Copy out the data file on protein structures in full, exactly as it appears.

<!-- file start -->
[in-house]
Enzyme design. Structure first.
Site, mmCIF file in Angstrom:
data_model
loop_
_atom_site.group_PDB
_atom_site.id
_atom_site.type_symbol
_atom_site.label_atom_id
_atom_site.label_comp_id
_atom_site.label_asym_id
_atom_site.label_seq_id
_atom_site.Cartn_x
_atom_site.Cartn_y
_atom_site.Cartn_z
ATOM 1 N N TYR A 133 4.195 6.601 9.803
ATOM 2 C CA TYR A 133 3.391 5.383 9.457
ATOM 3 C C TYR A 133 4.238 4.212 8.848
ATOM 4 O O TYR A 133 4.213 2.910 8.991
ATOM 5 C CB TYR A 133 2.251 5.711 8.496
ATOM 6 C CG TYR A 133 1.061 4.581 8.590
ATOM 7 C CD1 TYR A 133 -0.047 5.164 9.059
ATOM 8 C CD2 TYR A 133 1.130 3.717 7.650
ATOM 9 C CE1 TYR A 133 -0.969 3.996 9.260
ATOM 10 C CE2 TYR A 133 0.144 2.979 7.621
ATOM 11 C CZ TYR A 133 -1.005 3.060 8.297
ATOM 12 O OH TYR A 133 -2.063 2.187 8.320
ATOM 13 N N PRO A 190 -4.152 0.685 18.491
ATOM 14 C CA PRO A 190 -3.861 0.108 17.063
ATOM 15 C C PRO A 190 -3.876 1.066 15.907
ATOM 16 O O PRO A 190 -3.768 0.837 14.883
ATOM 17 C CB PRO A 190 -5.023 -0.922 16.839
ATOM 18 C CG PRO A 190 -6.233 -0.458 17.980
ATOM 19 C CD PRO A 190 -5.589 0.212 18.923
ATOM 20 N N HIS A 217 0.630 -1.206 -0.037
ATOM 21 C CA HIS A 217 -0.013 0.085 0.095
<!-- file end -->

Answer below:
[in-house]
Enzyme design. Structure first.
Site, mmCIF file in Angstrom:
data_model
loop_
_atom_site.group_PDB
_atom_site.id
_atom_site.type_symbol
_atom_site.label_atom_id
_atom_site.label_comp_id
_atom_site.label_asym_id
_atom_site.label_seq_id
_atom_site.Cartn_x
_atom_site.Cartn_y
_atom_site.Cartn_z
ATOM 1 N N TYR A 133 4.195 6.601 9.803
ATOM 2 C CA TYR A 133 3.391 5.383 9.457
ATOM 3 C C TYR A 133 4.238 4.212 8.848
ATOM 4 O O TYR A 133 4.213 2.910 8.991
ATOM 5 C CB TYR A 133 2.251 5.711 8.496
ATOM 6 C CG TYR A 133 1.061 4.581 8.590
ATOM 7 C CD1 TYR A 133 -0.047 5.164 9.059
ATOM 8 C CD2 TYR A 133 1.130 3.717 7.650
ATOM 9 C CE1 TYR A 133 -0.969 3.996 9.260
ATOM 10 C CE2 TYR A 133 0.144 2.979 7.621
ATOM 11 C CZ TYR A 133 -1.005 3.060 8.297
ATOM 12 O OH TYR A 133 -2.063 2.187 8.320
ATOM 13 N N PRO A 190 -4.152 0.685 18.491
ATOM 14 C CA PRO A 190 -3.861 0.108 17.063
ATOM 15 C C PRO A 190 -3.876 1.066 15.907
ATOM 16 O O PRO A 190 -3.768 0.837 14.883
ATOM 17 C CB PRO A 190 -5.023 -0.922 16.839
ATOM 18 C CG PRO A 190 -6.233 -0.458 17.980
ATOM 19 C CD PRO A 190 -5.589 0.212 18.923
ATOM 20 N N HIS A 217 0.630 -1.206 -0.037
ATOM 21 C CA HIS A 217 -0.013 0.085 0.095